skip to content

Centre for the Study of the International Relations of the Middle East and North Africa


The Media Reading Group had a productive Michaelmas term, scheduling meetings for lively discussions about journalism, freedom of expression, and political responsibility.

The first meeting took place in No. 1 Newnham Terrace in Darwin College on October 28, 2015 from 16:30 - 18:30.  Our first presenter was Dr Sophie Knowles, who talked about financial media and their failure, not least through collusion, to prepare the public for the 2008 market meltdowns - this being the subject of her PhD.

Media Reading Ali

Our second Media Reading Group session, held on November 17 from 16:30-18:30 in Darwin College, focused on the recent restrictions on and threats to freedom of expression inside Britain itself, in particular the PREVENT strategy and all that it means for the right of universities to host speakers with views that don't subscribe to 'British values', of students and scholars to have the space to think at liberty, and of the media and the academy to investigate and research freely. The following article provided a basis for this discussion:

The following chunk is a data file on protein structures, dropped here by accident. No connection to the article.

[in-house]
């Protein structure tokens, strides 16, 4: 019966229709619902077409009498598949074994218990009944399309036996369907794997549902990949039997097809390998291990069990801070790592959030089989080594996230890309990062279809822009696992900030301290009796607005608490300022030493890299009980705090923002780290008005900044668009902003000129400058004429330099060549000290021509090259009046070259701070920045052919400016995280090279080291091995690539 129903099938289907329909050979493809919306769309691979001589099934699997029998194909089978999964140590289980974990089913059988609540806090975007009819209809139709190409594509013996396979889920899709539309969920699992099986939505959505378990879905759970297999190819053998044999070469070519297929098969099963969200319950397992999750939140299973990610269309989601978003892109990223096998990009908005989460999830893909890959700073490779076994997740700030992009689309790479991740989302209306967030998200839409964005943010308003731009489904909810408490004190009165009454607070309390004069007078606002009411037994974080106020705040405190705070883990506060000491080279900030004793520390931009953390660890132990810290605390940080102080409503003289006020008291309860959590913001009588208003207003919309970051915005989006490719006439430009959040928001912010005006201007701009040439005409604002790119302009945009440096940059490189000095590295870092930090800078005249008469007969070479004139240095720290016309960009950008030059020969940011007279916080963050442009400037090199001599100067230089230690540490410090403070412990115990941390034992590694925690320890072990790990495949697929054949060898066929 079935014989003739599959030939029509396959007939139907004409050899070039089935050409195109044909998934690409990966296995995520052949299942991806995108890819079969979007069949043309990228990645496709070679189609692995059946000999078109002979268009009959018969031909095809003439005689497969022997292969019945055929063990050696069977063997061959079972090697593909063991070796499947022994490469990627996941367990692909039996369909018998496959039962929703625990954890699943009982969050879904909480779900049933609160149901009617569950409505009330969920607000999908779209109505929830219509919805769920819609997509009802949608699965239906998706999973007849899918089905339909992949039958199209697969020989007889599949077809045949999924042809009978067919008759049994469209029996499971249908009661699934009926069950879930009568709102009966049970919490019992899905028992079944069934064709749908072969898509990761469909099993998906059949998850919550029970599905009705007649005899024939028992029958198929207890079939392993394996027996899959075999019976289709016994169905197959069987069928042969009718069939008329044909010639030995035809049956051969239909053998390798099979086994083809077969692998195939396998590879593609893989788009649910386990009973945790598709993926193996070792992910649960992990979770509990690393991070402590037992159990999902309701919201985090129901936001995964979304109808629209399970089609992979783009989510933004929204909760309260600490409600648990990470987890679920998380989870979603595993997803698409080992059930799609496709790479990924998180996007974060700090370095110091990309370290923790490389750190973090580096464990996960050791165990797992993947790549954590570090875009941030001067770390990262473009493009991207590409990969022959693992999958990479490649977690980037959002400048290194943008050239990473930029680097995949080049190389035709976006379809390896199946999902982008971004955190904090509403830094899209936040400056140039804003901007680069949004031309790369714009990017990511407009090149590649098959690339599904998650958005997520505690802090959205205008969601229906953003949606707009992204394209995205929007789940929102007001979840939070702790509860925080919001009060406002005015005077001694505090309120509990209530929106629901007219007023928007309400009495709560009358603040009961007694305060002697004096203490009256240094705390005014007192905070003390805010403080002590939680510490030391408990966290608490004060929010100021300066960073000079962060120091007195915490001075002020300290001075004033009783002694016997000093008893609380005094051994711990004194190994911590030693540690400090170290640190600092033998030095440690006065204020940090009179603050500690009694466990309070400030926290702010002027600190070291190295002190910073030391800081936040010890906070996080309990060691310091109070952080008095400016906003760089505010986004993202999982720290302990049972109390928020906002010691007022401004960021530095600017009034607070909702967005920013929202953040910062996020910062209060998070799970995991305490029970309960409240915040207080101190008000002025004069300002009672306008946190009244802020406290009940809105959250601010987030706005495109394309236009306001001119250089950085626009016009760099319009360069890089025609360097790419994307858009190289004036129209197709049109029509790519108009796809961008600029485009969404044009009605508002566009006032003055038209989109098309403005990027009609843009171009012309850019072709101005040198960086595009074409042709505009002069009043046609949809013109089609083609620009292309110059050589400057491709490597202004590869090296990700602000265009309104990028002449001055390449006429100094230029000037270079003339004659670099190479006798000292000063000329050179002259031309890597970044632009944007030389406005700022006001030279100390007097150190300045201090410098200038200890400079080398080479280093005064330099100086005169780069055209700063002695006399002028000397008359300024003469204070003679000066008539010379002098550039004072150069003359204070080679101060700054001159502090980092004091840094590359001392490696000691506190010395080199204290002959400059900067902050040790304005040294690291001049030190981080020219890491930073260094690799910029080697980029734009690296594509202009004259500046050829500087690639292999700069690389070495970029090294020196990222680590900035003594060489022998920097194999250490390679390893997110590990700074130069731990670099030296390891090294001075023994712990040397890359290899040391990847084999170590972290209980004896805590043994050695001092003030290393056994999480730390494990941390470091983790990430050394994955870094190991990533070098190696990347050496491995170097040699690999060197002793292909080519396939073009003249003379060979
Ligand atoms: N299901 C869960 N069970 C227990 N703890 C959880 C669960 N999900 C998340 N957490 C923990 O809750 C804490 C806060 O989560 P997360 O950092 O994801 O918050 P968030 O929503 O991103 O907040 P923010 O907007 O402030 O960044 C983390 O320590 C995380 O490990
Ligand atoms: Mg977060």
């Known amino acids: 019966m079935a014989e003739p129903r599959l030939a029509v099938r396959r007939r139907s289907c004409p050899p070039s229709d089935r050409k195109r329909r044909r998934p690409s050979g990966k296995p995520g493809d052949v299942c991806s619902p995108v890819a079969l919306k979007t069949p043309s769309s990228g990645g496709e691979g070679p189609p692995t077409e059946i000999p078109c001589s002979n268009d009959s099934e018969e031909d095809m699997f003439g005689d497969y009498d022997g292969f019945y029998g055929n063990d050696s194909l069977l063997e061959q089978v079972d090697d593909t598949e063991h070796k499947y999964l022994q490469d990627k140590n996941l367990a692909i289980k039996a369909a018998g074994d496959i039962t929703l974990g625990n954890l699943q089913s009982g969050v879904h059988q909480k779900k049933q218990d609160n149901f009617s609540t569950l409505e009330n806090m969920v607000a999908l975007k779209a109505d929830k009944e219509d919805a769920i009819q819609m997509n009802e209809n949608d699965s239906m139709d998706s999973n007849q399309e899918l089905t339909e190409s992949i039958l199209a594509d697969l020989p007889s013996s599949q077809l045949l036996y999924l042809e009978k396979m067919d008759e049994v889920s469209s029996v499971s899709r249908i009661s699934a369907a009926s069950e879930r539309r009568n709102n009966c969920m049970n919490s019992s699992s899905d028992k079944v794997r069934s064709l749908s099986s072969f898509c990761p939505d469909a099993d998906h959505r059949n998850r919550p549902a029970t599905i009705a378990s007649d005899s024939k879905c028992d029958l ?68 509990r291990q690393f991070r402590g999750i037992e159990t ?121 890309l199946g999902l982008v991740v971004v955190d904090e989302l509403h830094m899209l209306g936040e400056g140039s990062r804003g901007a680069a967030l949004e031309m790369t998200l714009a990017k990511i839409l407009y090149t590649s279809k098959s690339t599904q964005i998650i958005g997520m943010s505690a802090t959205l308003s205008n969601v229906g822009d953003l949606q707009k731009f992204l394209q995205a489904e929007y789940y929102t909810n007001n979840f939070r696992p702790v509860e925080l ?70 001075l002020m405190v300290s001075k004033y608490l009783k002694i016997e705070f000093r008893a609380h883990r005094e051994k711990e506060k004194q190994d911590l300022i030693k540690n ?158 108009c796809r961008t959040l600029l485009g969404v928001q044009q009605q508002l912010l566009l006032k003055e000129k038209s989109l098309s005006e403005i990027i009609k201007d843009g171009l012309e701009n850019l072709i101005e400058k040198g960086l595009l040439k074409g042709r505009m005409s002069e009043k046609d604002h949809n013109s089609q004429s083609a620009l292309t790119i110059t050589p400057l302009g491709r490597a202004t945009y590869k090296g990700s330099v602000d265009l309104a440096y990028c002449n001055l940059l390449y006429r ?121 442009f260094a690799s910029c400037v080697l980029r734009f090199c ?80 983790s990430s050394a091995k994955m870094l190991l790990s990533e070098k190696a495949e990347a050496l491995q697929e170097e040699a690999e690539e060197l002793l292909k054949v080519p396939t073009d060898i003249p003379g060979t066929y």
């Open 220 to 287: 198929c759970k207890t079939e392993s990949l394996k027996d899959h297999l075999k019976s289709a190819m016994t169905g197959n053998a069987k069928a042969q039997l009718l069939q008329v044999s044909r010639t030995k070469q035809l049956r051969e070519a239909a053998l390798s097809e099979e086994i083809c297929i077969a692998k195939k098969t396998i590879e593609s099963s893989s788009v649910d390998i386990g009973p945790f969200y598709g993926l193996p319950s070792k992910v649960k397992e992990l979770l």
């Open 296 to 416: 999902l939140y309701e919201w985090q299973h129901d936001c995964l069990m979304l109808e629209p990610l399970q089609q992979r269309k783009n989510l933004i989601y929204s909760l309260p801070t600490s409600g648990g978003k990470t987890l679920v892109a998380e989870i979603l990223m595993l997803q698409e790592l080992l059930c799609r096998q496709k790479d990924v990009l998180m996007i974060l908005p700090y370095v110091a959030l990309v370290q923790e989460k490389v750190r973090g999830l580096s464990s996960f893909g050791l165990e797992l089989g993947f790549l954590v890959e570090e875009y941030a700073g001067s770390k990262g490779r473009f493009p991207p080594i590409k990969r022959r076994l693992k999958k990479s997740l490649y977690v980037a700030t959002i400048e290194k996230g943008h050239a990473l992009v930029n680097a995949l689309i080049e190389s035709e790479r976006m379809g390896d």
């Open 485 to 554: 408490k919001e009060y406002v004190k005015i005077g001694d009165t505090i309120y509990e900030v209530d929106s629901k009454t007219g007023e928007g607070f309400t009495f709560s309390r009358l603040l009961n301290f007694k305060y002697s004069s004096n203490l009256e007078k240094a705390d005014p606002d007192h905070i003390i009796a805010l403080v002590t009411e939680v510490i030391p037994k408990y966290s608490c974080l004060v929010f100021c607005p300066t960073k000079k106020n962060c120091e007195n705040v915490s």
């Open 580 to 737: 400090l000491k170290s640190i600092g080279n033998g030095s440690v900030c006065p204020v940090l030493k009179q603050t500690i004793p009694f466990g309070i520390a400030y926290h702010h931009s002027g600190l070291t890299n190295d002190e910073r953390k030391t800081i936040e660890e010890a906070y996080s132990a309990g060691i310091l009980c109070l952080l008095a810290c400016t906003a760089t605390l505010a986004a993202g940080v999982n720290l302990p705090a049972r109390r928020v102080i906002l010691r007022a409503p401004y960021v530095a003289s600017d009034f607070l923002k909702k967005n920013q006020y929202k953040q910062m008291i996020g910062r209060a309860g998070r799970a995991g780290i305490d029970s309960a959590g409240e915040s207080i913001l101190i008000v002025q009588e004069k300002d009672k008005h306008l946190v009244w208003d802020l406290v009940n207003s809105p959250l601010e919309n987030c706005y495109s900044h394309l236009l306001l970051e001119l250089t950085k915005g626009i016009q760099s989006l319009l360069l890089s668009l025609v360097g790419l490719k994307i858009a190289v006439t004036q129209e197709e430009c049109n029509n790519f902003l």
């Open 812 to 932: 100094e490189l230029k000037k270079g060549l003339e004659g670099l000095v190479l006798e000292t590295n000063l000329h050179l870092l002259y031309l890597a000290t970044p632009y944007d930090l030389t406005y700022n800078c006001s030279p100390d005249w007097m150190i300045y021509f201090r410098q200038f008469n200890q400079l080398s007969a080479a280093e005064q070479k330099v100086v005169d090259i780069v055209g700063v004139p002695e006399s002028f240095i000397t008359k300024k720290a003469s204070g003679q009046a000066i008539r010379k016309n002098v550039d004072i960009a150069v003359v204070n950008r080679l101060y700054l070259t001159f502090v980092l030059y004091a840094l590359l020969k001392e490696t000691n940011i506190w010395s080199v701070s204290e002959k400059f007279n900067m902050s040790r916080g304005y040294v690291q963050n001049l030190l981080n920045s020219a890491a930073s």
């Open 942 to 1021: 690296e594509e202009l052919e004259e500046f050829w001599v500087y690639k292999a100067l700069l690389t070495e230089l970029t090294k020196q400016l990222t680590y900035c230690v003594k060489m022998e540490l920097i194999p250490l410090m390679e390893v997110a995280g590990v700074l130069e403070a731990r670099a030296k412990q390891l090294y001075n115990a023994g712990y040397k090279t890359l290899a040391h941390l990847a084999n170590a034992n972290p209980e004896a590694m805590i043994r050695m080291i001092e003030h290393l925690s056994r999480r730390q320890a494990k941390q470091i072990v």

Our third and final session of the Media Reading Group was held on December 8 from 16:30 - 18:30 in Darwin College. Michael Clark spoke on "Charlie Hebdo and the Arab Shia: Instrumental rhetoric and freedom of expression." Following the attacks on the headquarters of Charlie Hebdo in Paris in January 2015, statements were issued by both Hassan Nasrallah, Secretary-General of Hezbollah, and Muqtada al-Sadr, leader of the Sadrist Movement. Yet, when these two seemingly similar Shiite Islamist figureheads spoke about the attacks, each was talking on two distinct levels. Their statements concerned not only those specific and terrible events in faraway lands, but also their own very pressing political dilemmas. Those situations both informed their discourse and represented its secondary-level subject, the statements of each speaker being made in order to advance his interests with respect to those situations. When the rhetoric of Nasrallah and Sadr on the Charlie Hebdo shootings are juxtaposed against prior, seemingly inconsistent statements on other perceived insults to Islam, one can appreciate a striking similarity in how each uses its discourse as an instrument to advance its interests and a fundamental difference in what those specific interests actually are.

Media Reading Mike

For more information regarding the Cambridge Media Reading Group, please feel free to contact Mike Clark (mdc48)



Follow us on Twitter